Wednesday, January 18, 2017

Building Bridges Beats Building Walls

Walt Whitman Bridge
From Bridges
By Bill Staines

There are bridges, bridges in the sky,
They are shining in the sun,
They are stone and steel and wood and wire,
They can change two things to one.
They are languages and letters,
They are poetry and awe,
They are love and understanding,
And they're better than a wall.

This song came on my Pandora channel yesterday (yes, my Pandora channel is the old fogey folkie station) and I couldn’t get it out of my head. As I sit here on the eve of the inauguration of a president who promises to be a “wall builder” one of my favorite singer/songwriters is singing of bridges, both physical and metaphorical. I cannot help to think back to a presidential inauguration of 56 years ago – the first one I can really remember and one I remember vividly. It was, of course, the inauguration of John F. Kennedy. One of the speakers at Kennedy’s inauguration was the great American poet Robert Frost, gray haired, and looking chilled and frail in the January cold. Frost, I am reminded, also had his opinions about walls.

From The Mending Wall

Something there is that doesn’t love a wall,
That sends a frozen-ground-swell under it,
And spills the upper boulders in the sun;
And makes gaps even two can pass abreast.

We teachers are bridge builders. At our best we build bridges to transport students from the known to the new, from ignorance to understanding, from illiteracy to literacy, from fear to comfort, from anxiety to calm. At our best we are among Frost’s “something’s” that do not love a wall. We break down walls of prejudice, of resistance, of self-doubt, of anger, of turmoil and replace them with bridges of tolerance, caring, encouragement, calm, and routine.

Great leaders, too, are bridge builders. Great leaders appeal to our better, not our baser, selves. On that long ago inauguration day, John F. Kennedy appealed to us to “ask not what your country can do for you, but what you can do for your country.” One-hundred years earlier, Abraham Lincoln warned that “a house divided against itself cannot stand.” And 30 years ago, Ronald Reagan went to the Brandenburg Gate in Germany and demanded, “Mr. Gorbachev, tear down this wall!” Great leaders (and great poets) understand that the history of the world favors the bridge builders and opposes the wall builders.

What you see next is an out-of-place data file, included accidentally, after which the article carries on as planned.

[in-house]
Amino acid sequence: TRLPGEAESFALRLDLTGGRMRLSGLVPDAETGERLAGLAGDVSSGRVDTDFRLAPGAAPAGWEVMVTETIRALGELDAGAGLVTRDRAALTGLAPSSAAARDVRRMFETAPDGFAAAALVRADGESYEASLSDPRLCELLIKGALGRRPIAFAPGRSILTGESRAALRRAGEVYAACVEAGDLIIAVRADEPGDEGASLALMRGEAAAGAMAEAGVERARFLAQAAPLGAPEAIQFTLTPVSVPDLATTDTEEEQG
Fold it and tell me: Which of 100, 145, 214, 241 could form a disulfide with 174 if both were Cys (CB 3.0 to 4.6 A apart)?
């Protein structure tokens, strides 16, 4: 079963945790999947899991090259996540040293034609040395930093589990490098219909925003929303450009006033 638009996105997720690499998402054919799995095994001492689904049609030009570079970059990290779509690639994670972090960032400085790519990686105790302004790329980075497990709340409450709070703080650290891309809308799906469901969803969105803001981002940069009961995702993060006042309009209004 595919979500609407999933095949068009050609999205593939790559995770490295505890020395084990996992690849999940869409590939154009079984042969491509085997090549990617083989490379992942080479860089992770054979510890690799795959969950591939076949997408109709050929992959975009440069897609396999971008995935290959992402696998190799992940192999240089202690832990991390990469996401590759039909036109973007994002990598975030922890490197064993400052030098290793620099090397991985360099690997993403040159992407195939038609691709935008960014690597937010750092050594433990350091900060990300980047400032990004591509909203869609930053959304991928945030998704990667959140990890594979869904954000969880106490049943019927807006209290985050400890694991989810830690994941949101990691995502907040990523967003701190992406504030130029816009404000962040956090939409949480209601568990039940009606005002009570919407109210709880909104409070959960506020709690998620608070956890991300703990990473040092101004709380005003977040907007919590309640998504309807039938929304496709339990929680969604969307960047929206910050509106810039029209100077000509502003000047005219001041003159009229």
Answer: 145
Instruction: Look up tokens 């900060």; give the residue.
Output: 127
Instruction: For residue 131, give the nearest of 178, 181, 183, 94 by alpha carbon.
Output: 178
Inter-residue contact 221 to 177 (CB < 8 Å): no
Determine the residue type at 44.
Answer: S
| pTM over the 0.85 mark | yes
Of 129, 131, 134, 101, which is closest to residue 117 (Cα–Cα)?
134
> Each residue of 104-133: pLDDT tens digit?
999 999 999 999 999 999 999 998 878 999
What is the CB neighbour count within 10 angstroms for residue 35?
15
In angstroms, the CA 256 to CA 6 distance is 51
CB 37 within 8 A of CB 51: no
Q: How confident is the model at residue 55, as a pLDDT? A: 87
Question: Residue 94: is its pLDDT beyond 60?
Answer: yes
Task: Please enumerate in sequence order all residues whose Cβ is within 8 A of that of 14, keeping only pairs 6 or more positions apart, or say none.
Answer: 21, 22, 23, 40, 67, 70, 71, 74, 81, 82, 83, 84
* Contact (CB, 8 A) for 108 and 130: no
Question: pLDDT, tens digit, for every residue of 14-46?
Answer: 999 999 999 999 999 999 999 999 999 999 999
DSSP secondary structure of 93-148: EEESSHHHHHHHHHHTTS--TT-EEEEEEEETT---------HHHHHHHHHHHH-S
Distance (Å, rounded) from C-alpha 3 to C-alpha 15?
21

Walls divide. Bridges unite. Demagogues divide. Leaders unite.

The in-coming president has called for the building of a literal wall between our country and Mexico. No matter how you feel about that piece of political policy, the metaphorical walls the president-elect is building between us are much more concerning. Political analysts say that the Trump candidacy has given voice to people who feel that they have not been heard. Fair enough. But if that unheard voice is the voice of ignorance, prejudice, violence, and base self-interest, then it is the true leader’s responsibility to guide these voices toward a better understanding of what America truly stands for. The new president will swear to “preserve, protect and defend The Constitution of the United States.” That Constitution says that its purpose is “to establish justice, insure domestic tranquility, provide for the common defense, promote the general welfare and secure the blessings of liberty.” We can disagree about how to accomplish these ideals, but we cannot disagree that these ideals apply to all Americans and that building bridges to make sure that all Americans (and especially the poor and powerless) receive these benefits is the chief job of any president.

I will be waiting anxiously to hear how President Trump plans to be a bridge builder. I am not really interested in any walls (or hotels) he wishes to build. Is Mr. Trump a leader or a demagogue?

The Bridge Builder
by Will Allen Dromgoole

An old man going a lone highway,
Came, at the evening cold and gray,
To a chasm vast and deep and wide.
Through which was flowing a sullen tide.
The old man crossed in the twilight dim,
The sullen stream had no fear for him;
But he turned when safe on the other side
And built a bridge to span the tide.

“Old man,” said a fellow pilgrim near,
“You are wasting your strength with building here;
Your journey will end with the ending day.
You never again will pass this way;
You’ve crossed the chasm, deep and wide,
Why build this bridge at evening tide?”

The builder lifted his old gray head;
“Good friend, in the path I have come,” he said,
“There followed after me to-day
A youth whose feet must pass this way.
This chasm that has been as naught to me
To that fair-haired youth may a pitfall be;
He, too, must cross in the twilight dim;
Good friend, I am building this bridge for him!”

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